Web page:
Nadya Sarah Domingo
August 24, 2016 6:13 pm
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Pop culture has a long tradition of portraying sexual assault victims as just that: victims. When I watched the incredibly popular Stranger Things, I was reminded of the times when I was sexually assaulted as a teenager. Although sexual assault isn’t addressed in Stranger Things, the treatment and portrayal of the female characters reminded me how it felt — and how society views victims.

Eleven, Stranger Things’ hero, spends most of her life as a human guinea pig in a science lab controlled by male scientists.

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When she refuses to submit to their horrid demands, the scientists physically and mentally torture her. Eleven’s childhood is robbed from her, and the abuse she suffers has a tremendous effect on her life.

Despite her traumatic childhood, Eleven isn’t portrayed as a one-dimensional victim. She’s not only a victim of abuse — she’s also a monster slaying, waffle-loving, fiercely loyal human being who can make bullies pee their pants.

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Nancy Wheeler — whose photo is taken without her consent as she undresses—is more than her experiences of public slut-shaming.

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Both of these characters are complex and strong: two attributes that victims of abuse and sexual violence are seldom afforded in the media.

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Sexual assault marks you in many insidious, unshakeable ways — but one of the worst parts of the aftermath is the way society treats you. For years after my sexual assault, I stayed silent. I grew ashamed and fearful of how my family and friends would view me if they ever found out.

When I started opening up to friends about what had happened to me, I noticed a pattern: some folks looked at me as though the word “victim” was written in all-caps on my forehead from that moment on. While the worried looks may come from a good place, I know some people think of me as a victim — and nothing more.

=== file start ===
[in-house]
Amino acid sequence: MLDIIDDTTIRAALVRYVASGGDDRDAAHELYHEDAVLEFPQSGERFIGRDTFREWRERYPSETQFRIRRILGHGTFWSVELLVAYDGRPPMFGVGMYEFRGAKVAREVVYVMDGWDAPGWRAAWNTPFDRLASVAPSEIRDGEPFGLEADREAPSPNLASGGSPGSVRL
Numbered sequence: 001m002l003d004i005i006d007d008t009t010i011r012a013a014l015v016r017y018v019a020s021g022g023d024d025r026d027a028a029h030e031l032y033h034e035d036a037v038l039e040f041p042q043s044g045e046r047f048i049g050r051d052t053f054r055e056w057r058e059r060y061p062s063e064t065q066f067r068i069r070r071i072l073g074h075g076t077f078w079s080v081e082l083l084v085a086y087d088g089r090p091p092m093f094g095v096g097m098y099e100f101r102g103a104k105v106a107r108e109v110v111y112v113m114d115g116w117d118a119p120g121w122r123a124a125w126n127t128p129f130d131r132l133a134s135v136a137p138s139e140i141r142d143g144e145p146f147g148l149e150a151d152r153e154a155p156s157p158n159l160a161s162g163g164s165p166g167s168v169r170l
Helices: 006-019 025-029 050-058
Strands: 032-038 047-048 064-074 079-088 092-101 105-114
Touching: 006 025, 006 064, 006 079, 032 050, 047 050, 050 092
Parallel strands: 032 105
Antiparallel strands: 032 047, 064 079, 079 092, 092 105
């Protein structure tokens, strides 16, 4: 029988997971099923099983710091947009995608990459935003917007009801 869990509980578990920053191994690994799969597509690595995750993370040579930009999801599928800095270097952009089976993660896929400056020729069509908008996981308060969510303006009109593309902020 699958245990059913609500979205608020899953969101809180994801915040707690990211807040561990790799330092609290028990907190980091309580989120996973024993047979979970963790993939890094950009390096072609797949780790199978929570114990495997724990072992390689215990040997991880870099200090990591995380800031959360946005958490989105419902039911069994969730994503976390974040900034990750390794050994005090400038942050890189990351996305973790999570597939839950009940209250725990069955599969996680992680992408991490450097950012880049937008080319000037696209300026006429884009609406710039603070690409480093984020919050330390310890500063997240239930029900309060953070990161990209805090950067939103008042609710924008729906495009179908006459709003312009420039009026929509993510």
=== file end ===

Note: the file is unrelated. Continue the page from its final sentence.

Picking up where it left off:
But I’m also lucky to have a family who supported me once I finally told them that I had been assaulted. My mom, my boyfriend, and my grandparents treated me differently after I told them — but in a good way. After opening up to them, they understood why I am the way that I am, and they shower me with care. Better yet, they see that I’m a good student, a pop culture fanatic, and a writing geek — the things that make me human — despite my traumatic experiences.

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While it’s important to have supportive and understanding people in your life, it’s also nice to have role models in the media.

I found the most meaningful aspect of Stranger Things was that Eleven and Nancy could be both victims and powerful human beings. The show proves that being both a fully-formed person with agency and a victim of assault are not mutually exclusive.

It’s an important life lesson for any sexual assault survivor — and for society at large. And it took me almost 10 years to learn. Being a victim of sexual assault doesn’t make me a strong person — I always was one.

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